One in five young people are not submitting a specimen for chlamydia testing after their general practitioner has requested one, according to research published in the Medical Journal of Australia.
Males, 16 to 19 year-olds, people living in socio-economic disadvantage and those attending clinics without on-site pathology collection were less likely to be tested for chlamydia after a GP request, the authors, a team from the University of Melbourne, UNSW’s Kirby Institute, Monash University and the Alfred Hospital, reported.
The Kirby Institute’s 2015 Annual Surveillance Report of HIV, viral hepatitis, STIs found chlamydia remains the most frequently reported notifiable sexually transmissible infection in Australia with 86,136 diagnoses in 2014. The majority (78%) of cases occurred among 15-29 year olds. The report also found almost 700 reported cases of chlamydia in Australian teenagers aged under 15.
“Chlamydia screening is a key preventive care activity for young Australian adults,” the authors of the MJA study wrote.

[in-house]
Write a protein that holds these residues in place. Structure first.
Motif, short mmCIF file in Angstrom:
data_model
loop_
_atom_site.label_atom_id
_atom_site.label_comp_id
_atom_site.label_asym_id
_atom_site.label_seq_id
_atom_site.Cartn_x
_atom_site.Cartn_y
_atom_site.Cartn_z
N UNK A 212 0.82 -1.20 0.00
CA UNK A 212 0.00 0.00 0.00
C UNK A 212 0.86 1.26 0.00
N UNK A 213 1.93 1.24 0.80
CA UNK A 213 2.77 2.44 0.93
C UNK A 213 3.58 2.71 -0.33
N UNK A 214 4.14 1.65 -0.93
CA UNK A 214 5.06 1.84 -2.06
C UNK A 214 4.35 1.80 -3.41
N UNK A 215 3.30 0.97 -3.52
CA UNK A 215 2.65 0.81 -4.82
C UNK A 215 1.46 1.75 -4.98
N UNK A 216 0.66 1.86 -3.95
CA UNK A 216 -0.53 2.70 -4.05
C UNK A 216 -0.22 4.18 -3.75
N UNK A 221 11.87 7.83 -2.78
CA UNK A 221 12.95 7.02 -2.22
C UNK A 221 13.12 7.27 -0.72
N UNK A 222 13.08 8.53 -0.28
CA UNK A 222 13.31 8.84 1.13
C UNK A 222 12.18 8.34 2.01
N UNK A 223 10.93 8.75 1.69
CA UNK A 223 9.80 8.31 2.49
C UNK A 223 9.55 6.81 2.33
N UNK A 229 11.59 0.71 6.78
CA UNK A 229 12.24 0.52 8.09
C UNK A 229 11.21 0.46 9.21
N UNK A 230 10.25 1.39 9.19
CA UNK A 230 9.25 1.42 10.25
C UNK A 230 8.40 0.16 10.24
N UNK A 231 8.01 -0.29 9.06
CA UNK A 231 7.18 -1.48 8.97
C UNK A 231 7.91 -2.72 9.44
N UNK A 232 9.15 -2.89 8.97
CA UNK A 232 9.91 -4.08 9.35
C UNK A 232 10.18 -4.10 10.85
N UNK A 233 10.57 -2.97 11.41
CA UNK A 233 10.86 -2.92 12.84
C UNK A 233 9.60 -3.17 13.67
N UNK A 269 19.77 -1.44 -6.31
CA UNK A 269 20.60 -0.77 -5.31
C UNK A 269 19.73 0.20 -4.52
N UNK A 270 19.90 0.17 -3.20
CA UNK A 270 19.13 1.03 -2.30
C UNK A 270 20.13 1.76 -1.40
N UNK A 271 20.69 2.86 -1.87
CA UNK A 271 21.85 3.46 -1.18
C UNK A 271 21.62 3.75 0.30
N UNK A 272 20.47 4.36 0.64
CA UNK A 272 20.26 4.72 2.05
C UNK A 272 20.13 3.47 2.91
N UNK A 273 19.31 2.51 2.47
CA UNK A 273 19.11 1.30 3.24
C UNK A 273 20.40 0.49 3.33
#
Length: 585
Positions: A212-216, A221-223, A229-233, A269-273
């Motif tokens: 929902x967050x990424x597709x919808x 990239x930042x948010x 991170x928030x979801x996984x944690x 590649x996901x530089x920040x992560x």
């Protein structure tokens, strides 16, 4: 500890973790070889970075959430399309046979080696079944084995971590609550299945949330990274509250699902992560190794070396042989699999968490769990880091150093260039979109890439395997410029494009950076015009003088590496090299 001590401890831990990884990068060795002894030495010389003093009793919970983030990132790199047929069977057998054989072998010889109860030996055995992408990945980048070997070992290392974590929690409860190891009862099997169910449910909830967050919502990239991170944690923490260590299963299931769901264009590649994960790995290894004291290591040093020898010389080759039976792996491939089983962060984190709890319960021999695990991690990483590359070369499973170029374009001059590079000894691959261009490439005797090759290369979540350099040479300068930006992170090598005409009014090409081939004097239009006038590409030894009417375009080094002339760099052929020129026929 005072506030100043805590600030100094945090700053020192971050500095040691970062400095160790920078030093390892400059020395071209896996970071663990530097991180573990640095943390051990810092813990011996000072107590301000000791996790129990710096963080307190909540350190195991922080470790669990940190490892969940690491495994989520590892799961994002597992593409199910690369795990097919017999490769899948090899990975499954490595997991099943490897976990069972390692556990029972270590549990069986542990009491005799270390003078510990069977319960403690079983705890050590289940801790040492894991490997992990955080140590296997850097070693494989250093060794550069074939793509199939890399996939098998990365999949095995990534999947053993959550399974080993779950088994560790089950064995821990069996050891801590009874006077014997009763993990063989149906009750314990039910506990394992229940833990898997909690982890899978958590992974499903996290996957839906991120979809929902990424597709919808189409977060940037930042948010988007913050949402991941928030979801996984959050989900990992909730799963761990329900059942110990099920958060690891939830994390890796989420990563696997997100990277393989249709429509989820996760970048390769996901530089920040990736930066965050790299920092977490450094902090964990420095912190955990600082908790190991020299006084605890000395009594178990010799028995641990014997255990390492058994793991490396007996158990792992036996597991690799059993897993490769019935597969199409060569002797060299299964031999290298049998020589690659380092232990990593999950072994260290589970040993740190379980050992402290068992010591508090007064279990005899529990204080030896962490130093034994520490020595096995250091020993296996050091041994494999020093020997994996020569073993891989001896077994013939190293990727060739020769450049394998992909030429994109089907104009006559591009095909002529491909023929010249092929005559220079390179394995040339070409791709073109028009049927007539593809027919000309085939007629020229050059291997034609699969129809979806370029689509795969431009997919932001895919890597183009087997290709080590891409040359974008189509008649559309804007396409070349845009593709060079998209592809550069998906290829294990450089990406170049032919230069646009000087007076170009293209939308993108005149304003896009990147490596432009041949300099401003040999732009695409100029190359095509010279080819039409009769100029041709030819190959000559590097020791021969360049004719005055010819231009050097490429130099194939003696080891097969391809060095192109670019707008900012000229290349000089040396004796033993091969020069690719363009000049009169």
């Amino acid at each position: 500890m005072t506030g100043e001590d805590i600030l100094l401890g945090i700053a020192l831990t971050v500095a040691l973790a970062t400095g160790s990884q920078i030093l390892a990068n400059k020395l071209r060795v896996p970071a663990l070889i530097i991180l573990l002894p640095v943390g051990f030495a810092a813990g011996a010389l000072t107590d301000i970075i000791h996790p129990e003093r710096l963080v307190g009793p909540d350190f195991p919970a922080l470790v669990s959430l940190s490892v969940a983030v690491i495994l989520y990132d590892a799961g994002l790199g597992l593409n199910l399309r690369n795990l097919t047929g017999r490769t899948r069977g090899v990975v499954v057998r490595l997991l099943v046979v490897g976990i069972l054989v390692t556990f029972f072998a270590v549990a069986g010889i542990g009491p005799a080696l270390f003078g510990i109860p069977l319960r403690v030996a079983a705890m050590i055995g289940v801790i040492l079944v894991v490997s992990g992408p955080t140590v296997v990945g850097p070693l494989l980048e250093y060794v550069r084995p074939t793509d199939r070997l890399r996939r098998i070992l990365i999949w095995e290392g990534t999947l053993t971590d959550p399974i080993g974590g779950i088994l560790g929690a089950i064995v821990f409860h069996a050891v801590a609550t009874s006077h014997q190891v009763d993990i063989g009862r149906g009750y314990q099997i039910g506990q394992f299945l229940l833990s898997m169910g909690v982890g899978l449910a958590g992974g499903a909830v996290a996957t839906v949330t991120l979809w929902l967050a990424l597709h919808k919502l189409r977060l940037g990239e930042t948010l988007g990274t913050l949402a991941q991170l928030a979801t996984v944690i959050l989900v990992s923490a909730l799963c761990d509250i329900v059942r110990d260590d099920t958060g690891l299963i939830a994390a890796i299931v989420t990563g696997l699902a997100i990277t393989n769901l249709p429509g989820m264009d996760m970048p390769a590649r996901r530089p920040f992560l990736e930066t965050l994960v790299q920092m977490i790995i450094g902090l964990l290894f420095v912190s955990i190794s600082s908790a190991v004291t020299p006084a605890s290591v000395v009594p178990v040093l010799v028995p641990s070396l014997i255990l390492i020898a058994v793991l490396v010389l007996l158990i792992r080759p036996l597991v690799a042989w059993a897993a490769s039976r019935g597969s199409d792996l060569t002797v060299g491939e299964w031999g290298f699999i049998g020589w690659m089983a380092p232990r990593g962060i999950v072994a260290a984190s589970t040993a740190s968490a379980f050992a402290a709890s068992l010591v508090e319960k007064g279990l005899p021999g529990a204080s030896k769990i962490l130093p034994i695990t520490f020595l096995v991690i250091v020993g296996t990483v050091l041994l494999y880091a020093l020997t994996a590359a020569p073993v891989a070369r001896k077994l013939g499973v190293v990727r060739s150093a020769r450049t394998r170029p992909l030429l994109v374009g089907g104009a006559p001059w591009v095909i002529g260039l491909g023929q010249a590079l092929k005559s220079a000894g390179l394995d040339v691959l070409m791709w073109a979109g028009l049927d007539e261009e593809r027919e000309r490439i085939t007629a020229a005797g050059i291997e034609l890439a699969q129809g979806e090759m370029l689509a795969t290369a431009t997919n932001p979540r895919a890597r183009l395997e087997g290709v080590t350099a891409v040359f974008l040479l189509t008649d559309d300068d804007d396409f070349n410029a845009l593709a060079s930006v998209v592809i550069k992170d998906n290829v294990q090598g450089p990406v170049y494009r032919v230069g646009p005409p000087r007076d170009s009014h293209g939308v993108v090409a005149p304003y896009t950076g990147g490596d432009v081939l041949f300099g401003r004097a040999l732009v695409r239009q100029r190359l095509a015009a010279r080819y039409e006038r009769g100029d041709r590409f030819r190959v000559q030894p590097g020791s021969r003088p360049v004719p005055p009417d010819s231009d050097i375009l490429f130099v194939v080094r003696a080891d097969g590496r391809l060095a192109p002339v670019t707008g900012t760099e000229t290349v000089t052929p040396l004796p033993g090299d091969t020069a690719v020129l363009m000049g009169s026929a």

“Guidelines recommend that sexually active men and women aged 15–29 years have an annual chlamydia test, but less than 10% of this age group are screened each year in general practice.
“It is possible that concern about confidentiality and privacy in general practice may have deterred some from taking a test.
“It has been argued that simply raising awareness about the risk of chlamydia may not increase testing in 16-19 year olds and that providing reassurance of non-infection may be more productive.
“Lack of knowledge about the test’s cost may have deterred some patients. Chlamydia testing can be stressful for some patients, and any inconvenience, such as having to attend an off-site pathology centre, will deter patients from following through.”
The researchers say the study highlights the need for clinics to establish systems which ensure that men and those aged 16-19 years undertake chlamydia tests requested by a GP.